November 20, 2017

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Thursday, September 28, 2017

Park upgrades provide community upliftment

The construction of two 35 m pedestrian bridges is under way in Paterson Park, completing the final phase of an upgrade project that will provide the community of Norwood, in Johannesburg, with a visually pleasing and functional recreational environment.
In 2015, the Johannesburg Development Agency initiated a project to uplift the Norwood area through the upgrade of the park, as well as through the construction of a new recreation centre and a township of cluster houses.
As part of the upgrades, independent engineering specialist Arup South Africa was approached as a sub-consultant to hydrologist specialist company Chris Brooker & Associates to undertake the structural design of a new concrete stormwater culvert system and manmade stream to accommodate stormwater flow through the park. Arup was also appointed for the design of two pedestrian bridges over the manmade river in the park.
Design work on the stormwater system started in October 2015, and the culvert and stream sections have largely been completed.
The stormwater upgrades for the area included a section of precast concrete culverts with a large in-situ cast inlet chamber to accommodate flow from the area surrounding the new recreation development. Arup explains that this culvert section flows out into an open “celebration pond” further north and is then routed through a manmade stream section that meanders through Paterson Park. The project scope also includes the redesign of landscaping for the park and creating easy access for the public using walkways and the pedestrian bridges over the stream section.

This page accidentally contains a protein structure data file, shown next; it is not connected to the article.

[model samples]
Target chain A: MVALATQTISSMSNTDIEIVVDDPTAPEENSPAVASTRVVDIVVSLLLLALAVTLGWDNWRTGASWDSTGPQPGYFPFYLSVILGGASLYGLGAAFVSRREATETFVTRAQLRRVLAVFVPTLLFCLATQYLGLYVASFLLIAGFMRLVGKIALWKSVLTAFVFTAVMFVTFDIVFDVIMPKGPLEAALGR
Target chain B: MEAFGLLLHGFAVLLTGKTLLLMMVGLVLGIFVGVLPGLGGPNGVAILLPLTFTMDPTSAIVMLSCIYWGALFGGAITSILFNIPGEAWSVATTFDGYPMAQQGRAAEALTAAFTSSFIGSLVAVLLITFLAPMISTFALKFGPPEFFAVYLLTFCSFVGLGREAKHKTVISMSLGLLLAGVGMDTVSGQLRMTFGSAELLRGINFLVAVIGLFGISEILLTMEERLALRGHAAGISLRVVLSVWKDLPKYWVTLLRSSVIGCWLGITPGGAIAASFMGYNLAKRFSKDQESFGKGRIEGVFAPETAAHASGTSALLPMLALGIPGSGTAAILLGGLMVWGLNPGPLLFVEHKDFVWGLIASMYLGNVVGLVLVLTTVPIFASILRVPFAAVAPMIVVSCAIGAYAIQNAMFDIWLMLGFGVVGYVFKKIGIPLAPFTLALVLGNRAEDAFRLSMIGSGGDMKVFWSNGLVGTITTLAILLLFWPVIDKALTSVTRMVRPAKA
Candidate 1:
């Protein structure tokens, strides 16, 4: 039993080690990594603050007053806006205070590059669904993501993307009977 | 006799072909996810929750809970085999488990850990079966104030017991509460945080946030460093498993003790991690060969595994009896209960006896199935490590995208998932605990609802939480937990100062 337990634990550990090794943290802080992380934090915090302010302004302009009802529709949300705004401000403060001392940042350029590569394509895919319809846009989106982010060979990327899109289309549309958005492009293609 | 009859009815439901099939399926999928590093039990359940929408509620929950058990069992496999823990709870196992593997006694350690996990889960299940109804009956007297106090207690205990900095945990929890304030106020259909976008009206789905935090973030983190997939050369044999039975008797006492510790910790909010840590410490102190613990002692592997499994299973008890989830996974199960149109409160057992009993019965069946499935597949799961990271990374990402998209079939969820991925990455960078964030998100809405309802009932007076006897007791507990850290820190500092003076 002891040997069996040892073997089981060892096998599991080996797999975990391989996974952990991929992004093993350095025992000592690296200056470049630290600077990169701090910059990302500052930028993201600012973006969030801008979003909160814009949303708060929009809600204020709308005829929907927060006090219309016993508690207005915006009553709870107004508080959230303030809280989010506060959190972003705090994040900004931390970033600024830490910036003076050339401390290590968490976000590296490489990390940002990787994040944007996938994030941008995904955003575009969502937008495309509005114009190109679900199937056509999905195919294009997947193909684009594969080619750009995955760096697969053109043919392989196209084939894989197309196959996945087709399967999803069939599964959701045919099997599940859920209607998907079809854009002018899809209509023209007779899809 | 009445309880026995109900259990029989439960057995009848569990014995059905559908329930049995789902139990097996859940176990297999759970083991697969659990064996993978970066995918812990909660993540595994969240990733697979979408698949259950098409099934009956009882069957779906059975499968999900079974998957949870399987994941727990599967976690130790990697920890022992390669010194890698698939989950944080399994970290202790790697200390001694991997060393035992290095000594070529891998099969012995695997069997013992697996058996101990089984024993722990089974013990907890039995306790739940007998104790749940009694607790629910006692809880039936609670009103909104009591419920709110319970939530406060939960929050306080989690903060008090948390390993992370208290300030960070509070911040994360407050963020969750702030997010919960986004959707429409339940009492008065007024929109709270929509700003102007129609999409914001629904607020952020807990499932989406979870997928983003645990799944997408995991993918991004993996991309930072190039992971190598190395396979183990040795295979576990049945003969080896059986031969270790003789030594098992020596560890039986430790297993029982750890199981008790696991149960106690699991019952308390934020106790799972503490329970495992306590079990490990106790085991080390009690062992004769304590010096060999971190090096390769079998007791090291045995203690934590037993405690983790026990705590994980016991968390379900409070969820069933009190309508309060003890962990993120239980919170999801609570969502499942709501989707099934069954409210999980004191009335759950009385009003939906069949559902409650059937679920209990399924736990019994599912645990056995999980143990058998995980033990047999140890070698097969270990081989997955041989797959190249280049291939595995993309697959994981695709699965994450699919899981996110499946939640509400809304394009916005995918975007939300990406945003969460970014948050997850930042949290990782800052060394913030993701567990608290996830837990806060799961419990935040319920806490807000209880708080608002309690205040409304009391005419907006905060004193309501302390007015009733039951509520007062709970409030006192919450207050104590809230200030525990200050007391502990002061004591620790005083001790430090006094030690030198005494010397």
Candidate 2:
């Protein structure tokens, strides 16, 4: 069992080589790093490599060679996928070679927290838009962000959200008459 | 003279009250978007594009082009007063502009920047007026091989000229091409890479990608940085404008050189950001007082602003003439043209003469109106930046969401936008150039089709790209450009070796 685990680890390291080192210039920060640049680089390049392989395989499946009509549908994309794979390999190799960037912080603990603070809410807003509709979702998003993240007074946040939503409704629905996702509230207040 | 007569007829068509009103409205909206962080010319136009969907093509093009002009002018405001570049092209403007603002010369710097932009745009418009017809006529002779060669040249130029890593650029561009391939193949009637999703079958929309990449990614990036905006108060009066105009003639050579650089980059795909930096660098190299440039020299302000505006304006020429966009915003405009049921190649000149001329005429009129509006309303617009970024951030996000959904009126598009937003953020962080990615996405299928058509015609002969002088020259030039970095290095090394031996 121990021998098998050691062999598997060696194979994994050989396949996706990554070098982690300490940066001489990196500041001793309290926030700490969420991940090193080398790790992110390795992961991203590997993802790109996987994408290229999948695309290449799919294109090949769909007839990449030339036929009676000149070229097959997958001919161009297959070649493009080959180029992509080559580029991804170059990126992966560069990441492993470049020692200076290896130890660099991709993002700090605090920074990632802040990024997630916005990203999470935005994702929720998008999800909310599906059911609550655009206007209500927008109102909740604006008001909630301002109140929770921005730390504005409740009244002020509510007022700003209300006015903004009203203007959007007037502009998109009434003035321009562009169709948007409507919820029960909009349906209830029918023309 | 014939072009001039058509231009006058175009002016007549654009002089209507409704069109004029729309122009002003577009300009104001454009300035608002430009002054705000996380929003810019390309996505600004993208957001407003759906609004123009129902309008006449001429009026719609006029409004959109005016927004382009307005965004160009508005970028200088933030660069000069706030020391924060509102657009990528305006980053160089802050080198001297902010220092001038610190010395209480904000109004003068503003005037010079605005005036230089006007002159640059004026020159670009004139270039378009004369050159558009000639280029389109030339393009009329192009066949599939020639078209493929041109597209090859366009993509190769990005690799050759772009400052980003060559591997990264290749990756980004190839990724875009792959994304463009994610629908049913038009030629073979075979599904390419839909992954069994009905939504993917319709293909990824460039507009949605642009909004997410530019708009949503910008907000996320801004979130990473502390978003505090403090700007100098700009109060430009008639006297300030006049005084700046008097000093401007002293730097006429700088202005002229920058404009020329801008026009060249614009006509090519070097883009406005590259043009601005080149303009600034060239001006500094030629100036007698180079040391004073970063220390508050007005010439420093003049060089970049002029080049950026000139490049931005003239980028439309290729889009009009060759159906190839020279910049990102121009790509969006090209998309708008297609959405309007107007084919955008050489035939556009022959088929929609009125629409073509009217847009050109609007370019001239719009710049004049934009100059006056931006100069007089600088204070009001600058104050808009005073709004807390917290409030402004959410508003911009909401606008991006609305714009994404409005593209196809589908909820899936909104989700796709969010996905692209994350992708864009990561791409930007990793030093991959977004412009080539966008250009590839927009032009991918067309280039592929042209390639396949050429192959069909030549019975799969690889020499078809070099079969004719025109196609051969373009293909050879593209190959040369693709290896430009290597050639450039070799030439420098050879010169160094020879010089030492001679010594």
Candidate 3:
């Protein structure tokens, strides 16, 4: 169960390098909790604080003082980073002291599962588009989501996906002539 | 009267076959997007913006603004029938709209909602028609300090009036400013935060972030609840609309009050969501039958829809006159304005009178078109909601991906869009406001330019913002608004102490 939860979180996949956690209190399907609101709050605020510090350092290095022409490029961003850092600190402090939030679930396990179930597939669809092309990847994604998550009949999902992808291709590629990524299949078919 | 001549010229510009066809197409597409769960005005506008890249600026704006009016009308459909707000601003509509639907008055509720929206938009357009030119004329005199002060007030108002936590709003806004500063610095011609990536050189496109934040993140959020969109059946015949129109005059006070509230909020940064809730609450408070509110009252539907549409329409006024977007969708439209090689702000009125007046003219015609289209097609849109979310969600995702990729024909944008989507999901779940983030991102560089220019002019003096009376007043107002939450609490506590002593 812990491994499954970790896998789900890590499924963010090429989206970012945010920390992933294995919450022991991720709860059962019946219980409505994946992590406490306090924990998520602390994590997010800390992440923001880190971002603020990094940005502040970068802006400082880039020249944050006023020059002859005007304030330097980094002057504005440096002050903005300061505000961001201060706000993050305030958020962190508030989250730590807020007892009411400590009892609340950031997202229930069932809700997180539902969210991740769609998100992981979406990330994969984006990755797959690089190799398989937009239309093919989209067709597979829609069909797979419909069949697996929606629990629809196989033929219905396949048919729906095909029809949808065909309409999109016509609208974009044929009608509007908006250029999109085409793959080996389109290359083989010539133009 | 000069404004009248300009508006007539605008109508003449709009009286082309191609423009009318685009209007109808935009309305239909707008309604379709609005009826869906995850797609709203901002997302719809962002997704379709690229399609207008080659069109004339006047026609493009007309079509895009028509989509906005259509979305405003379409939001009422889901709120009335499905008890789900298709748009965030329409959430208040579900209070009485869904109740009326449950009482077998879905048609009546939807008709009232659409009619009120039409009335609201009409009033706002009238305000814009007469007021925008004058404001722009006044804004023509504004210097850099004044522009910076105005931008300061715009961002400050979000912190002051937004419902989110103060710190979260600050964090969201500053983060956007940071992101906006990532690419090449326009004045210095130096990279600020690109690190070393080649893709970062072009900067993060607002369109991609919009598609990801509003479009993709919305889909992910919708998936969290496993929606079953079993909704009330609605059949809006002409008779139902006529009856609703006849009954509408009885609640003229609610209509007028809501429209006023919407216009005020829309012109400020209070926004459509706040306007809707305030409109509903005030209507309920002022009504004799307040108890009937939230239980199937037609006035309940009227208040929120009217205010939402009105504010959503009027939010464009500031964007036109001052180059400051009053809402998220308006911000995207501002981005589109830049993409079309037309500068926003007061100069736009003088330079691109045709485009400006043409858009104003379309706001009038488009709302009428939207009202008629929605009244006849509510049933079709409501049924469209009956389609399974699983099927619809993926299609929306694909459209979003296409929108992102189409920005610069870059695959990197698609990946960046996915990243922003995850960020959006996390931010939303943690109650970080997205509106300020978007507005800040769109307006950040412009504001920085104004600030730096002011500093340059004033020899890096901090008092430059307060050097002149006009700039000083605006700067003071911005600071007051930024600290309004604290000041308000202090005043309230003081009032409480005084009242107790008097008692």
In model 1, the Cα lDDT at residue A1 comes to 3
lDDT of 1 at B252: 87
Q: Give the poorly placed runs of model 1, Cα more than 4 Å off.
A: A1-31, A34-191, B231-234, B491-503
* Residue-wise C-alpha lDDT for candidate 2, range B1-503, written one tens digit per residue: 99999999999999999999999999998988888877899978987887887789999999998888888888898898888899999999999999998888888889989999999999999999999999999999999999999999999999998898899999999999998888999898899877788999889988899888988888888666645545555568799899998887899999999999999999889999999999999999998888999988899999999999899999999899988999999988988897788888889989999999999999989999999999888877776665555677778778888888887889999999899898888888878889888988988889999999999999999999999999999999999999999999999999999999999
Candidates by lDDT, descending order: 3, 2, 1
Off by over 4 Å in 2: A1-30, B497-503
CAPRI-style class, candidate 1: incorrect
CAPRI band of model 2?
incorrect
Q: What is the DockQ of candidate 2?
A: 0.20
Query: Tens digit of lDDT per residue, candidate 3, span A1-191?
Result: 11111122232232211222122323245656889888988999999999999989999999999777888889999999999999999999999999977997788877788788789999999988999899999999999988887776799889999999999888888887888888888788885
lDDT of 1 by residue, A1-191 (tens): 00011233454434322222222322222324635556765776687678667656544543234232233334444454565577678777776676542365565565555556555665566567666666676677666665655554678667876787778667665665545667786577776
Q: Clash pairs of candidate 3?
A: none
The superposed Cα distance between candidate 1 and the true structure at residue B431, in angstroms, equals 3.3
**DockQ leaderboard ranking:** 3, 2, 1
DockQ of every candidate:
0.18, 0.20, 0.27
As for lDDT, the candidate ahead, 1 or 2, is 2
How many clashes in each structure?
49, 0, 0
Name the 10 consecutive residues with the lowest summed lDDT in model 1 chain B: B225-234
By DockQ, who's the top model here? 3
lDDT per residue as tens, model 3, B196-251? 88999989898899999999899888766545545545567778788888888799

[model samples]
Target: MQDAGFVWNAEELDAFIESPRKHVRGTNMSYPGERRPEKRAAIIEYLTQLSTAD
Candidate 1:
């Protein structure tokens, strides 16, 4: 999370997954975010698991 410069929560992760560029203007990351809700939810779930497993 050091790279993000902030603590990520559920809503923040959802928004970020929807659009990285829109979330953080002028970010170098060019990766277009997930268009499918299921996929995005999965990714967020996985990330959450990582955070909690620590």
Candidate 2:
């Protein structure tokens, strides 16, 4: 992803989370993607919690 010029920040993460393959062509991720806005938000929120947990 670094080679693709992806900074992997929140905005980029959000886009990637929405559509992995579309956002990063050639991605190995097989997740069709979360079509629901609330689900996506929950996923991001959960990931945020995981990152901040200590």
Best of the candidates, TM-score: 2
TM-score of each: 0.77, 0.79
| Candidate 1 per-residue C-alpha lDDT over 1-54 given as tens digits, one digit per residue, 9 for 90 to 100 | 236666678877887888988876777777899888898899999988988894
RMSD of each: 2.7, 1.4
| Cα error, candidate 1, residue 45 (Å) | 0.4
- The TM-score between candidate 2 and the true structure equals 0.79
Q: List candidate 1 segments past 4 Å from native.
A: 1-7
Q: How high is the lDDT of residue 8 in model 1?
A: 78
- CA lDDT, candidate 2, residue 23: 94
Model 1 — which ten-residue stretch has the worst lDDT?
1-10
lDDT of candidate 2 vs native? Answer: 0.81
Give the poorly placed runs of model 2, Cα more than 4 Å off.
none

The firm highlights that the main challenge of the project has been in achieving a design that is functional and visually pleasing, noting that as the culvert section is backfilled and buried, the visual impact is not significant.
“With the design that has been implemented, the stream section forms a focal point of the park, with features such as the celebration pond and pedestrian bridges becoming iconic for the area,” says Arup engineer Richard Hyson. Consequently, a lot of time and effort has been put into the design of the celebration pond and bridges, with extensive input from local community members and forums. “This will ensure that the final product will address their many functional and ergonomic requirements.”
“A key achievement of the stormwater upgrade component of the project has been the development of a solution that can effectively address the stormwater requirements for the area in a manner that contributes positively to the look and appeal of the park’s upgrades,” concludes Hyson.

 

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written by Robyn Wilkinson – Features Reporter

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